Q: Every day I receive 100 or more spam emails. I have had the same email address for over 20 years now and I think it’s about time I started using a new one.

What steps would you recommend to start using a new email address? I use my email for personal messages, shopping, research, etc. I don’t use my computer for work (I’m retired).

After setting up my new email address and transferring my contacts to it, should I keep my old email address or delete it?

— Bob Matlock

A: Every so often, as spam in my inbox grows, I do open a new email address and notify my contacts of the change. I keep the old address for a time so that I can scan it for legitimate emails.

It does take people a while to get used to the new address. So I also create a message that I can just paste into replies when people send to the old email address, reminding them that I have changed my address and don’t check the old address as often.

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There are lots of places where you can open new free email accounts: Microsoft, Google, your internet service provider. And you can either access them through a web browser or an email application, such as Microsoft’s Outlook, which allows you to access all of your email accounts in one place.


Q: I have a Dell E6400 laptop running Windows 7 Professional with home Wi-Fi from Comcast. I recently set up Norton Security through Comcast in anticipation of losing Microsoft updates in January.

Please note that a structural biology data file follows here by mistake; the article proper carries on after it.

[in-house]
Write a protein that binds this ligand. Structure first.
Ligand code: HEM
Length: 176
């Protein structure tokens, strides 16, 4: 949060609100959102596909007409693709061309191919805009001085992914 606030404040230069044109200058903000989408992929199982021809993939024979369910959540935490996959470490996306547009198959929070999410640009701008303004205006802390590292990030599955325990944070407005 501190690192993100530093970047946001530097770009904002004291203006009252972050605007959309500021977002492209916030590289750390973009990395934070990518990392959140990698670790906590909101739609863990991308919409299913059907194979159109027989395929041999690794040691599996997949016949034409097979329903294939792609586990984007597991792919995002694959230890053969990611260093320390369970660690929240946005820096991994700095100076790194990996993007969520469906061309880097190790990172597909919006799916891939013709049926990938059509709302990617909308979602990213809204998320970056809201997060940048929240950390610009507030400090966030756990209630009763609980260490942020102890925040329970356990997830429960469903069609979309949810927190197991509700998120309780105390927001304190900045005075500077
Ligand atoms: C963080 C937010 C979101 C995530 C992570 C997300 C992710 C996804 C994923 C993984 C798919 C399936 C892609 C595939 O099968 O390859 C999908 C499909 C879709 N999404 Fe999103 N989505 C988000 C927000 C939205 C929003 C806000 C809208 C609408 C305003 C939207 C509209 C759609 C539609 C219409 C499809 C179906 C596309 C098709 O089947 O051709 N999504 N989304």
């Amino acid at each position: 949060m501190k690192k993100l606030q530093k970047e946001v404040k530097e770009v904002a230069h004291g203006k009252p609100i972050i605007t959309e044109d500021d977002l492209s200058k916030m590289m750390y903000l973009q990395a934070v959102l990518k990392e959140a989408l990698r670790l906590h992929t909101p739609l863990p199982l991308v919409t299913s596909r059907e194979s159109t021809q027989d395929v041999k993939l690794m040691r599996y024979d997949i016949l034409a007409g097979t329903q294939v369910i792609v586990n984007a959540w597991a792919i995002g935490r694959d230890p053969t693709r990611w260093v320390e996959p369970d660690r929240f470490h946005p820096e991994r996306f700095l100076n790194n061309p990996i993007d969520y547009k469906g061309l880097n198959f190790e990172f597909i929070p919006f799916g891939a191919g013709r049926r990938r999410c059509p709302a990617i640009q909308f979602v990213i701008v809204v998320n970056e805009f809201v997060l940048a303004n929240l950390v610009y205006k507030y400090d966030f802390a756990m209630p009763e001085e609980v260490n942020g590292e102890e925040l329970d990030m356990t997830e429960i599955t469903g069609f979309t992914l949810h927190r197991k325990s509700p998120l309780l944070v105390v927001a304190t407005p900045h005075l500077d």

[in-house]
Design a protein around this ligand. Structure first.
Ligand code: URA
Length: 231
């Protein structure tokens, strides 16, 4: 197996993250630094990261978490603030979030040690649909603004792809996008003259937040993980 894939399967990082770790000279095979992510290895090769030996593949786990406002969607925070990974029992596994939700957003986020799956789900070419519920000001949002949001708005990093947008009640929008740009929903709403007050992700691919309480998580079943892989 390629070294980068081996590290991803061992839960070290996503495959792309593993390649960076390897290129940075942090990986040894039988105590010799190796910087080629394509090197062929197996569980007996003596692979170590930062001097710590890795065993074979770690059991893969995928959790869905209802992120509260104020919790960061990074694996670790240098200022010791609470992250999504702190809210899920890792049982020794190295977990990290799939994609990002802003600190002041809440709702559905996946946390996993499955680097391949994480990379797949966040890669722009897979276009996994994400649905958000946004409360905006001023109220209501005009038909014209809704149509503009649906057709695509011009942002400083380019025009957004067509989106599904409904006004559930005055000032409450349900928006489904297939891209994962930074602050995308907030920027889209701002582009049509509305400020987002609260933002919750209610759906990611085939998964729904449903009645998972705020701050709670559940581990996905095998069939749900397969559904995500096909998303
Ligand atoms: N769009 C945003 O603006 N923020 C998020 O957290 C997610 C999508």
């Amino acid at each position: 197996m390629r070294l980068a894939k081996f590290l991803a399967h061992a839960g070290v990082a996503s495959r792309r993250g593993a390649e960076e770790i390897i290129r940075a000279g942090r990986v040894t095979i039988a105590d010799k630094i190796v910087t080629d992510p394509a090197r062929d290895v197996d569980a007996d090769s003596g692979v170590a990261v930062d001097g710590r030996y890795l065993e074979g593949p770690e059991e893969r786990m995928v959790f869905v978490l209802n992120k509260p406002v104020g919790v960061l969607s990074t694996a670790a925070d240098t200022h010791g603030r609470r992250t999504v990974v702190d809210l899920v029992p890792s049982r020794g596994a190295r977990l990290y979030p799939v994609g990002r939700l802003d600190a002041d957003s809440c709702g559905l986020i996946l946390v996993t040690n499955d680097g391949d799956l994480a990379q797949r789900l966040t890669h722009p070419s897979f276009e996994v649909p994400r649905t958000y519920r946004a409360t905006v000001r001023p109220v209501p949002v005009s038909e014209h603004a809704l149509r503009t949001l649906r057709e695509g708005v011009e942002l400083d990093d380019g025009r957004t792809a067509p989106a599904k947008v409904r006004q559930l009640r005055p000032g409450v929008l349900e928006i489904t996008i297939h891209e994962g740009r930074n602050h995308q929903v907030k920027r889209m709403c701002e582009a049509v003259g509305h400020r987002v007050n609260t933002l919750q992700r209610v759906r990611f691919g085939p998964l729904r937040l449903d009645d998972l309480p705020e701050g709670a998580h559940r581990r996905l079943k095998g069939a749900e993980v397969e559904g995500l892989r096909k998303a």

Everything seems fine except for a little window that pops up telling me I’ve turned off the Norton anti-spyware. How do I turn the Norton anti-spyware on?

(Yes, I know I should get Windows 10, but I thoroughly dislike it and my needs are so few.)

— Karen Clay, Burien

A: I see on message boards that quite a few users have gotten that message that Norton Antispyware is turned off when it isn’t. You can just check the “Settings” menu in the Norton program to see if everything is running.

But I urge you to upgrade to Windows 10. Once Windows 7 is no longer supported at the end of January, your computer will be vulnerable since Microsoft will no longer be issuing security updates. And even the best anti-virus program won’t provide the security you need.

What’s more, don’t turn off your anti-virus/anti-malware programs even after upgrading unless you activate the built-in protection provided with Windows 10.


Oh, and when I last checked a few days ago, you could still update a legitimate copy of Windows 7 to Windows 10 for free.

While Microsoft’s announced free upgrades to Windows 10 officially ended in 2016, the company is offering an upgrade to those who have legitimate licenses for Windows 7 and Windows 8. The URL for the page to go to is far too long to print here, but you’ll find more details and a link to the site here

Q: How do I open a Gmail archive file from another Gmail account? I have archived email to PST file from my old workplace. Now I have changed my workplace and I want to open this file to take some emails from that file. But I can’t open this file with Microsoft Outlook. Can you help?

— Trân Trọng

A: I’m a little confused. PST files are email storage files created by Microsoft Outlook. You do say you’re trying to open it with Outlook but you also say it’s a Gmail archive.

So here’s the thing. Yes, that PST file is an Outlook file. In the desktop version of Outlook — not accessing Outlook via a web browser, that is — select the File menu, then “Open & Export.” Finally, click on “Open Outlook Data File.” That will pop open a File Explorer window that you can use to find that PST file and open it in Outlook.

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